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Building a summer quilt
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Kris Sherwood
(Tuskadero) - F

Locale: Washington State
Building a summer quilt on 04/21/2010 12:54:27 MDT Print View

Hi all, my mother-in-law is a sewing Jedi and I have convinced her to help make me a summer down quilt. I work in the down bedding industry so I have all of the 850 fill white goose down I would ever want. However, I am not sure what outer and inner fabrics I should use. Any suggestions? And also, where can I buy those fabrics? I am in the Seattle area. Are there any local suppliers?

One more question, I am looking at doing one at about 40 degrees. Any thoughts on how many ounces of fill I should use?


Troy Ammons
(tammons) - F - MLife
Building a summer quilt on 04/21/2010 13:34:10 MDT Print View

Source for momentum 90 fabric.

John Addleman
(Jaddleman) - F

Locale: Boulder
Seattle Fabrics on 04/21/2010 14:03:00 MDT Print View

It's not as light or nice as Momentum, but it's cheaper and available here: 1.1 Ripstop.

As far as ounces of down, it depends on your design but you would be looking for 1.5" of loft. What you do is take the surface area in sqin, multiply by 1.5" for volume, and work backwards since you know 1oz of down is 850 cuin.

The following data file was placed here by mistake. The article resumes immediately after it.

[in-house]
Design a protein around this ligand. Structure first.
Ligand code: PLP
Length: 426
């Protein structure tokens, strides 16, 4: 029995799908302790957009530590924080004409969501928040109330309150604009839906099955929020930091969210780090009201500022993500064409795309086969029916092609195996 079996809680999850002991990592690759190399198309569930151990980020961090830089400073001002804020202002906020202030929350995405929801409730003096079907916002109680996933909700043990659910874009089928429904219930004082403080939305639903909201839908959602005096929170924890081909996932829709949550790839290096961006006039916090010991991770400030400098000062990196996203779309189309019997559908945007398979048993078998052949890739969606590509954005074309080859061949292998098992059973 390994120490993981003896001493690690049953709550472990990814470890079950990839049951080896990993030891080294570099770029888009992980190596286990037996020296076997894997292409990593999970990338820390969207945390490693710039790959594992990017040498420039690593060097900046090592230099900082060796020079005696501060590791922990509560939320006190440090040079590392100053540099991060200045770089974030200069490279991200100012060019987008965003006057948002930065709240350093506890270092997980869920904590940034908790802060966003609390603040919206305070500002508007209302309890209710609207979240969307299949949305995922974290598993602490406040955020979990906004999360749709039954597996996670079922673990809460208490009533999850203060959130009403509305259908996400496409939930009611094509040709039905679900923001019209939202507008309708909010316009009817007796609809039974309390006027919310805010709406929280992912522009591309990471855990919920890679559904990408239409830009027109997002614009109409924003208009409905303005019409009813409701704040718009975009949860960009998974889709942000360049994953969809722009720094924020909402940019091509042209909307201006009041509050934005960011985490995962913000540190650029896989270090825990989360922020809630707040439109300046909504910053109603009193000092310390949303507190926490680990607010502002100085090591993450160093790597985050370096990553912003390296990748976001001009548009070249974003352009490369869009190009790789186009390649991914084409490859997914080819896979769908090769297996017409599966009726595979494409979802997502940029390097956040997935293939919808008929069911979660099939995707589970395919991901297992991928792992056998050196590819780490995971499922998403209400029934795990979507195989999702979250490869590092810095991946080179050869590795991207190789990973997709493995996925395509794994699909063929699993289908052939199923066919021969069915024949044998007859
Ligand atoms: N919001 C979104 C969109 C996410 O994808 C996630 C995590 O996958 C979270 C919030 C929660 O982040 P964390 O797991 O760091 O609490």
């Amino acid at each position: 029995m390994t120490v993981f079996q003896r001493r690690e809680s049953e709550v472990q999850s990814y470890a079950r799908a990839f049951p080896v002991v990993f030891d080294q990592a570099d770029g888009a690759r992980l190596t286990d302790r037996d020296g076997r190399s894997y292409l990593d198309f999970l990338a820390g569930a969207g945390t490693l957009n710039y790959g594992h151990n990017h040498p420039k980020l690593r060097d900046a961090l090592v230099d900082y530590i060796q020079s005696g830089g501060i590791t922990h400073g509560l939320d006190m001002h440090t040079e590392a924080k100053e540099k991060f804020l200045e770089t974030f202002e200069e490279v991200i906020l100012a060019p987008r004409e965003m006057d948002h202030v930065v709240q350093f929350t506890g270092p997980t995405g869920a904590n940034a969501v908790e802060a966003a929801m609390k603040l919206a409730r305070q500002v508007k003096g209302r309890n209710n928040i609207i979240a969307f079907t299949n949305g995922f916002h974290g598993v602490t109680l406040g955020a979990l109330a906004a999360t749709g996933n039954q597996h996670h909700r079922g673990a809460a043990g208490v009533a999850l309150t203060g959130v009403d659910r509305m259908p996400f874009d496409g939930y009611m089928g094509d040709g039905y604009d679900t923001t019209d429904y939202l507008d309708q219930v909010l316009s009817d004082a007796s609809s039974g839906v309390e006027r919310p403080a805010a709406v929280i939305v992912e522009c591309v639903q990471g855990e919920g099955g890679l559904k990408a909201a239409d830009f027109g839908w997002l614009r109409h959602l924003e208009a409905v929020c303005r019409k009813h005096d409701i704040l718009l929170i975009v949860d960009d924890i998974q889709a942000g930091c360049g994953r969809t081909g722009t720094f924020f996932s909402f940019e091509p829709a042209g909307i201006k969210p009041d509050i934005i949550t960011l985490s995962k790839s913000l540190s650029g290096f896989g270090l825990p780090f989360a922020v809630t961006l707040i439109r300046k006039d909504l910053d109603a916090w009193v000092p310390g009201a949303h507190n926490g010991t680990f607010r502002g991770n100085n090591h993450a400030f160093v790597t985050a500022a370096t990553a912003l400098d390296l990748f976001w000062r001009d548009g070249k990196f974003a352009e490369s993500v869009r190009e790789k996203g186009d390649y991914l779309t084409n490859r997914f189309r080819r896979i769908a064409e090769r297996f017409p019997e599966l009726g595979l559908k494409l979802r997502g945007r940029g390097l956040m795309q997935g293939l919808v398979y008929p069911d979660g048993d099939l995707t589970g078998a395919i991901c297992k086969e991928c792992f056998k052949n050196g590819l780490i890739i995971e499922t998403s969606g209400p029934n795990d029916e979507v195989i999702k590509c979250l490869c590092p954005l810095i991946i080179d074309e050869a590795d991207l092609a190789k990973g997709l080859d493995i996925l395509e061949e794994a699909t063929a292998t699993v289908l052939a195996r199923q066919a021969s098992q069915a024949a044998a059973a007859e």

Good luck! I'm hoping to make a cuben quilt myself so I'm watching these down quilt threads with a keen eye.

PS read this if you haven't: Down quilt instructions. If you decide to become a member, there's a great article that Roger Caffin wrote on making them as well.

Tim Marshall
(MarshLaw303) - MLife

Locale: Minnesota
Re: Building a summer quilt on 04/22/2010 06:50:33 MDT Print View has both 1.1 and .9oz nylons and the mesh needed for the baffles.

Figure out the shape you want to make your quilt and then you can figure out how much down you need. You also have to figure out how warm a summer quilt needs to be for you and where you hike. 1.5" is a good standard but way too hot for me most of the summer at the elevations i get out to. Once you know your shape get the avg width and multiple by the length and by the baffles height to get the amount of down needed.

Also figure out your footbox first because a standard 3d footbox can keep the quilt shorter than a drawcord style footbox, but the drawcord style can be vented if needed. I just slept in a 3d footbox last night and my body was cool but still had to have my feet out to keep them from sweating on and off all night, i hate that!


David Chenault
(DaveC) - BPL Staff - F

Locale: Crown of the Continent
re: quilt fabric on 04/22/2010 07:57:14 MDT Print View

I think Pertex is worth it. The warmth and weather resistance makes a difference.

Ben Smith
(goosefeet) - MLife

Locale: Georgia
Re: re: quilt fabric on 04/22/2010 08:22:19 MDT Print View

So, David, where do you get Pertex?

Kris Sherwood
(Tuskadero) - F

Locale: Washington State on 04/22/2010 22:18:04 MDT Print View

Tim, are you talking the RIPB .9oz breathable stuff? Do you suggest that fabric for the outter and inner fabrics?

Tim Marshall
(MarshLaw303) - MLife

Locale: Minnesota
Re: on 04/23/2010 09:54:15 MDT Print View

yeah, that stuff is very similar, some would say identical but i can't confirm that, to the m90 material from thru-hiker. The reason i would choose it over the 1.1 is the finish is less glossy making it less sticky in hot weather and it blocks wind better.(also true of M90 which is a great fabric choice, just costly)